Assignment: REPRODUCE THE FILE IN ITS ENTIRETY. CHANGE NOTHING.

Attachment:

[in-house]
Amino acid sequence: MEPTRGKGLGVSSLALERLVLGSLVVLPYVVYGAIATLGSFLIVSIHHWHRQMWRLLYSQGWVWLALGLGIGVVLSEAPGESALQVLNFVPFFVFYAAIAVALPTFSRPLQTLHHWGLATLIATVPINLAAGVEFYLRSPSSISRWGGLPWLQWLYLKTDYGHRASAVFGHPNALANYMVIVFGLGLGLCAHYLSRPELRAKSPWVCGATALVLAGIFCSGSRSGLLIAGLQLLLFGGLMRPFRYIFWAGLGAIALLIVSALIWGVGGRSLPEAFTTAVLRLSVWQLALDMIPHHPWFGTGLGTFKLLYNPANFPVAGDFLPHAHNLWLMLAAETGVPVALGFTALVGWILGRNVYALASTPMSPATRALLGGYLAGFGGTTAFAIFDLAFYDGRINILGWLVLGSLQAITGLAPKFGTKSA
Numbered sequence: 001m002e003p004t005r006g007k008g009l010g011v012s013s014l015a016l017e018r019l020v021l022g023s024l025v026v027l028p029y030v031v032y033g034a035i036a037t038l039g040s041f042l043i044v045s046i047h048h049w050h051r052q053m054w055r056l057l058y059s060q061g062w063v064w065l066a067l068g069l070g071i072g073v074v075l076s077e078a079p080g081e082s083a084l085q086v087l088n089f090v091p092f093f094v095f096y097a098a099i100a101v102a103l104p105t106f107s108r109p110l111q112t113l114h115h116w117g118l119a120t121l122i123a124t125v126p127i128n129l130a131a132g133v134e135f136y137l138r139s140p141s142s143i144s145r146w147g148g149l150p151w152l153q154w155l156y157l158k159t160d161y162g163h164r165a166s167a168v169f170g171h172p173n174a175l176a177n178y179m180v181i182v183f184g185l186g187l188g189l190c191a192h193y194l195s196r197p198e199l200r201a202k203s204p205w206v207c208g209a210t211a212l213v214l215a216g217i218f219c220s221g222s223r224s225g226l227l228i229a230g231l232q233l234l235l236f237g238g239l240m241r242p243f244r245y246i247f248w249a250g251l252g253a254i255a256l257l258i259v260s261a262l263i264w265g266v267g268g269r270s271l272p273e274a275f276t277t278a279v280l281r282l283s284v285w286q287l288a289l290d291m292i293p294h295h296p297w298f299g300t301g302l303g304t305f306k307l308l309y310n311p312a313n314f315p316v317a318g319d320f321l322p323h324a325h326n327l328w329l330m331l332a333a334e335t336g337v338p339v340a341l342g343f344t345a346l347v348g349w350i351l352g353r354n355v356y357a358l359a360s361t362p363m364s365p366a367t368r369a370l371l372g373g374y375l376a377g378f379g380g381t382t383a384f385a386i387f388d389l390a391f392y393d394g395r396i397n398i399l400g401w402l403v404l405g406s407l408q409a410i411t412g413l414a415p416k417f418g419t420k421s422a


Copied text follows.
[in-house]
Amino acid sequence: MEPTRGKGLGVSSLALERLVLGSLVVLPYVVYGAIATLGSFLIVSIHHWHRQMWRLLYSQGWVWLALGLGIGVVLSEAPGESALQVLNFVPFFVFYAAIAVALPTFSRPLQTLHHWGLATLIATVPINLAAGVEFYLRSPSSISRWGGLPWLQWLYLKTDYGHRASAVFGHPNALANYMVIVFGLGLGLCAHYLSRPELRAKSPWVCGATALVLAGIFCSGSRSGLLIAGLQLLLFGGLMRPFRYIFWAGLGAIALLIVSALIWGVGGRSLPEAFTTAVLRLSVWQLALDMIPHHPWFGTGLGTFKLLYNPANFPVAGDFLPHAHNLWLMLAAETGVPVALGFTALVGWILGRNVYALASTPMSPATRALLGGYLAGFGGTTAFAIFDLAFYDGRINILGWLVLGSLQAITGLAPKFGTKSA
Numbered sequence: 001m002e003p004t005r006g007k008g009l010g011v012s013s014l015a016l017e018r019l020v021l022g023s024l025v026v027l028p029y030v031v032y033g034a035i036a037t038l039g040s041f042l043i044v045s046i047h048h049w050h051r052q053m054w055r056l057l058y059s060q061g062w063v064w065l066a067l068g069l070g071i072g073v074v075l076s077e078a079p080g081e082s083a084l085q086v087l088n089f090v091p092f093f094v095f096y097a098a099i100a101v102a103l104p105t106f107s108r109p110l111q112t113l114h115h116w117g118l119a120t121l122i123a124t125v126p127i128n129l130a131a132g133v134e135f136y137l138r139s140p141s142s143i144s145r146w147g148g149l150p151w152l153q154w155l156y157l158k159t160d161y162g163h164r165a166s167a168v169f170g171h172p173n174a175l176a177n178y179m180v181i182v183f184g185l186g187l188g189l190c191a192h193y194l195s196r197p198e199l200r201a202k203s204p205w206v207c208g209a210t211a212l213v214l215a216g217i218f219c220s221g222s223r224s225g226l227l228i229a230g231l232q233l234l235l236f237g238g239l240m241r242p243f244r245y246i247f248w249a250g251l252g253a254i255a256l257l258i259v260s261a262l263i264w265g266v267g268g269r270s271l272p273e274a275f276t277t278a279v280l281r282l283s284v285w286q287l288a289l290d291m292i293p294h295h296p297w298f299g300t301g302l303g304t305f306k307l308l309y310n311p312a313n314f315p316v317a318g319d320f321l322p323h324a325h326n327l328w329l330m331l332a333a334e335t336g337v338p339v340a341l342g343f344t345a346l347v348g349w350i351l352g353r354n355v356y357a358l359a360s361t362p363m364s365p366a367t368r369a370l371l372g373g374y375l376a377g378f379g380g381t382t383a384f385a386i387f388d389l390a391f392y393d394g395r396i397n398i399l400g401w402l403v404l405g406s407l408q409a410i411t412g413l414a415p416k417f418g419t420k421s422a